On Tuesday, Michigan Gov. Rick Snyder (R) signed a bill that will raise the state minimum wage to $9.25 over the next four years from its current level of $7.40 and set it to grow automatically with inflation beginning in 2019. It also raises the tipped wage to 38 percent of the broader wage floor, bringing it up from $2.65 to $3.52.
The bill was passed earlier in the day by the state House and Senate, which are led by Republicans, making it the first state with Republican majorities to pass a wage increase this year. About half of the Republicans in the legislature and most Democrats voted for it.
Seven other states have increased their minimum wages this year: Delaware and West Virginia raised theirs above $8 an hour, Minnesota raised its wage to $9.50, and three states, Hawaii, Maryland, and Connecticut, set theirs at the $10.10 level being sought by Congressional Democrats and President Obama. Vermont has gone further, increasing its wage to $10.50 an hour.
Despite the passage of a higher wage in Michigan, it may not be all good news for proponents of an increase. Labor and community organizers in the state are pushing for the $10.10 level and on Wednesday, they plan to submit hundreds of thousands of signatures for a petition to put a measure on the ballot. But the bill Snyder signed into law could block that measure from appearing on the ballot “by repealing the portions of the Michigan minimum wage law that the initiative would amend, and recodifying them elsewhere in the state code,” according to a press release from the National Employment Law Project.”
Michigan Republicans may have voted to increase the minimum wage, but federal-level Republicans haven’t joined the call for a higher wage. In April, Senate Republicans blocked an increase to $10.10 an hour. Yet many of them voted for an increase under President George W. Bush.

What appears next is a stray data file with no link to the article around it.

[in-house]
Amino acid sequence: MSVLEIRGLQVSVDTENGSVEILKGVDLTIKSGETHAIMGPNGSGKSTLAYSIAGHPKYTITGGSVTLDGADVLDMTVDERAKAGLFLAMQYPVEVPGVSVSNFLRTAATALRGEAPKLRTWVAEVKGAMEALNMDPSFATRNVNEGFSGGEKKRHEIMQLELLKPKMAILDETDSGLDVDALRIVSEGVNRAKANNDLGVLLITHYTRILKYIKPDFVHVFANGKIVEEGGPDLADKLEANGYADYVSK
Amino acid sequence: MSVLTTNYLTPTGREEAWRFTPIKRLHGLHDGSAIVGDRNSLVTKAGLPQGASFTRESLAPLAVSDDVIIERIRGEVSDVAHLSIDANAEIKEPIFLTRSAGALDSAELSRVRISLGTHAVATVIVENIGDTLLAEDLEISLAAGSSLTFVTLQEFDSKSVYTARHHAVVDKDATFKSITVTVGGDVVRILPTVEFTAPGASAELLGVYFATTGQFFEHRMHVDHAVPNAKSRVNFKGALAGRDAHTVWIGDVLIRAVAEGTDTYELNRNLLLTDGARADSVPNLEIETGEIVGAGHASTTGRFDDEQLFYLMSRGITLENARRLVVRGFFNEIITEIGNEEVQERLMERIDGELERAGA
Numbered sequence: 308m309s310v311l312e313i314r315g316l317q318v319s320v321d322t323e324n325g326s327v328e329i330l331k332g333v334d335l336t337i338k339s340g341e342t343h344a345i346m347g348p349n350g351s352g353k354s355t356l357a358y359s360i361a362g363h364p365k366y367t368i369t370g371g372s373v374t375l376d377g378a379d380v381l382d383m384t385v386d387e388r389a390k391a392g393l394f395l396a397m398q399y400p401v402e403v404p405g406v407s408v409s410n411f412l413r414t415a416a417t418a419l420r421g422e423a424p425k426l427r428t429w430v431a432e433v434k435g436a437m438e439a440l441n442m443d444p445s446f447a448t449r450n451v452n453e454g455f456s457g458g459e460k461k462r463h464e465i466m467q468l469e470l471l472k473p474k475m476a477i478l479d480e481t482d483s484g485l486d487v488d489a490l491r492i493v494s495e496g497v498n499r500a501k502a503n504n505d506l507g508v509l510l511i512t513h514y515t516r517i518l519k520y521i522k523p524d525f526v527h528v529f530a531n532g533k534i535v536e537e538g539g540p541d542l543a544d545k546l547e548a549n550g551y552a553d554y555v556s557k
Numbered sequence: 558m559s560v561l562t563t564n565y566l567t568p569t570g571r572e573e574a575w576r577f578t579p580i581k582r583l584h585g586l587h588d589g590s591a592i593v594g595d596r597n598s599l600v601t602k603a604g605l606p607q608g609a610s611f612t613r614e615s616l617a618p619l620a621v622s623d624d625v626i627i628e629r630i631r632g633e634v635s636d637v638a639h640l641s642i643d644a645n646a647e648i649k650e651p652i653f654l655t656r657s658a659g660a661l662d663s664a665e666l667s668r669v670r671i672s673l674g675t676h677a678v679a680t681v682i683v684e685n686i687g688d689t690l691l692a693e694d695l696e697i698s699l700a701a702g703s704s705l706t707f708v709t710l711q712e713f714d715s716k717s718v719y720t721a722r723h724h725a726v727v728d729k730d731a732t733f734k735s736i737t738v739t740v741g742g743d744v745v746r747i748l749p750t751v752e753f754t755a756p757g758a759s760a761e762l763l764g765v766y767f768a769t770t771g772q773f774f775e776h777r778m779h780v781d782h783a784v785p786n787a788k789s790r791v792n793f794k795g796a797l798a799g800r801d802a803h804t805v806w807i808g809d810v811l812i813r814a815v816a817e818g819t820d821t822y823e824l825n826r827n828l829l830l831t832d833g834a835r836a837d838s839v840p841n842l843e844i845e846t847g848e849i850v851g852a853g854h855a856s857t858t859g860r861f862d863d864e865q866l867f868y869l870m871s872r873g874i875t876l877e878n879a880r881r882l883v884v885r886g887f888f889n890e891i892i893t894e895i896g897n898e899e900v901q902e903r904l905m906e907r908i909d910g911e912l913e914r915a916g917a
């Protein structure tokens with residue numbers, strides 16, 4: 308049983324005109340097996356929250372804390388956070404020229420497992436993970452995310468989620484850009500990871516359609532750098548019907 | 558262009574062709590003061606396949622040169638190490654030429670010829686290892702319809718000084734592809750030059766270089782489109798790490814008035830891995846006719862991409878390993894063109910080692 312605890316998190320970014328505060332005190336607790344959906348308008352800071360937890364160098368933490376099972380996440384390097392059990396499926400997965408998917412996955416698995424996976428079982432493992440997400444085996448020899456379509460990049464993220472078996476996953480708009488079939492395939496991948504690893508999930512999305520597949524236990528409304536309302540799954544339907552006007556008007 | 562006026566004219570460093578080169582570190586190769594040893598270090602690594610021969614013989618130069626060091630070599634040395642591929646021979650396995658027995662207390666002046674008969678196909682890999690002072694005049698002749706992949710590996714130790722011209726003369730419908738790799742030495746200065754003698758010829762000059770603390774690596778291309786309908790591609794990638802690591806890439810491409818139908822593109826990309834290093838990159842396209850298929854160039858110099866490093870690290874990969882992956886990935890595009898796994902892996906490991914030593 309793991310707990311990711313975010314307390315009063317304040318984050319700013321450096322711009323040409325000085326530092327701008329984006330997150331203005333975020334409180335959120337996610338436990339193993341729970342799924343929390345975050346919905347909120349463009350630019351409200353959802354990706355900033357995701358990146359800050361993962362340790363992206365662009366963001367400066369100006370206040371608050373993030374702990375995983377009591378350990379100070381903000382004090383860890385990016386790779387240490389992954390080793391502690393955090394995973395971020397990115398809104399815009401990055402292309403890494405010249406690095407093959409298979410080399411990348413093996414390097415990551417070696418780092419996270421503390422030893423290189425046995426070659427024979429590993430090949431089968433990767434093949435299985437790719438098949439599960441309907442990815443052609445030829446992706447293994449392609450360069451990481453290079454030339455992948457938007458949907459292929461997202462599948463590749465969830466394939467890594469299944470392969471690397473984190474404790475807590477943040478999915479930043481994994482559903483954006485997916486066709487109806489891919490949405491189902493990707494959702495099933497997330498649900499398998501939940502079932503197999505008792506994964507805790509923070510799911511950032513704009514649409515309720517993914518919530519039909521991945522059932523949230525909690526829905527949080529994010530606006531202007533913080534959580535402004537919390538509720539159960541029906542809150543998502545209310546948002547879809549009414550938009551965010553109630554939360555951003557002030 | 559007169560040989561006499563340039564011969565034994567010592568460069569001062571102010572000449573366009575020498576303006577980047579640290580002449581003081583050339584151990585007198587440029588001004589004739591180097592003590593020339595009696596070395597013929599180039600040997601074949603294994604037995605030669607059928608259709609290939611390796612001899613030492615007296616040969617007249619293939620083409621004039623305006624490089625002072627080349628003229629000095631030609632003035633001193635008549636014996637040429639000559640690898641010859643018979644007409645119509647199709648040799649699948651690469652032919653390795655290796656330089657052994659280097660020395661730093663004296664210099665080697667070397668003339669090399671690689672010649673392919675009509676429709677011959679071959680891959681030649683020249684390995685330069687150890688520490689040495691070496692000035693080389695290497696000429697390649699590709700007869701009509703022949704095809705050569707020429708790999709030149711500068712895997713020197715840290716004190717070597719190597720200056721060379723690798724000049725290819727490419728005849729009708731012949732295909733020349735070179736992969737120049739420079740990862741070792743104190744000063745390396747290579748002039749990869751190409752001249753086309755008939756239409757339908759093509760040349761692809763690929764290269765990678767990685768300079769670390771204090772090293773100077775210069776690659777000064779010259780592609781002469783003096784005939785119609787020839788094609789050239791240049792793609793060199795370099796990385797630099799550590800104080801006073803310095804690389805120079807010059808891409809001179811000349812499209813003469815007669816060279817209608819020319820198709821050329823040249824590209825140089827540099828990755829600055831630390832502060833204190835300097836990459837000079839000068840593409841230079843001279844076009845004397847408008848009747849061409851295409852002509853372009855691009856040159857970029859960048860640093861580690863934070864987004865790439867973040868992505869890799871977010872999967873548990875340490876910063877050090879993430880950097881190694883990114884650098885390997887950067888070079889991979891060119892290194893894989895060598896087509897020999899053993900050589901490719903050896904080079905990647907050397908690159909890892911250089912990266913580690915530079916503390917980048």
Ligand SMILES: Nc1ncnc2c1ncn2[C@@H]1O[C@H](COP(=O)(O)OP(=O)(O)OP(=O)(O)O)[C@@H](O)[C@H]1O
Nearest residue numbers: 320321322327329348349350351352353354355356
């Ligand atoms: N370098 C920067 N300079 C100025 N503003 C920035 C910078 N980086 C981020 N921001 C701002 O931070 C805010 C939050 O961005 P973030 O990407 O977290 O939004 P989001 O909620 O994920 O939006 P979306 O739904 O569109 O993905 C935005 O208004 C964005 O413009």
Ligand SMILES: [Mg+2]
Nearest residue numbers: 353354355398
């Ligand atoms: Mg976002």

The lack of federal action has been part of the impetus for states to take action on their own. They can also look at the experiences of other states that have raised their wages without experiencing the negative economic consequences that critics warn against. Washington, which currently has the highest state wage, topped a list for the biggest increase in small business employment last year. Job growth has also stayed at a steady 0.8 percent rate in the years since it increased its wage, above the national rate, with strong growth in restaurants and bars. An analysis of two decades’ worth of minimum wage increases at the state level found similar results: there was no clear evidence that it impacted job creation, even during times of high unemployment.
Some cities — Chicago, New York, and Seattle — are going even further, calling for a $15 minimum wage, and voters in the small town of SeaTac, Washington already approved that wage level. That’s also the level being demanded by the fast food workers who have staged widespread strikes over the past two years. Cities have also had positive experiences with higher wages: San Francisco has the highest big city wage at $10.74 an hour and had the highest small business job growth last year. It also saw employment grow by more than 5 percent in the seven years after it increased its wage while it fell in other surrounding counties.
This post has been updated with information on how the bill Snyder signed into law could block a ballot initiative for a $10.10 minimum wage.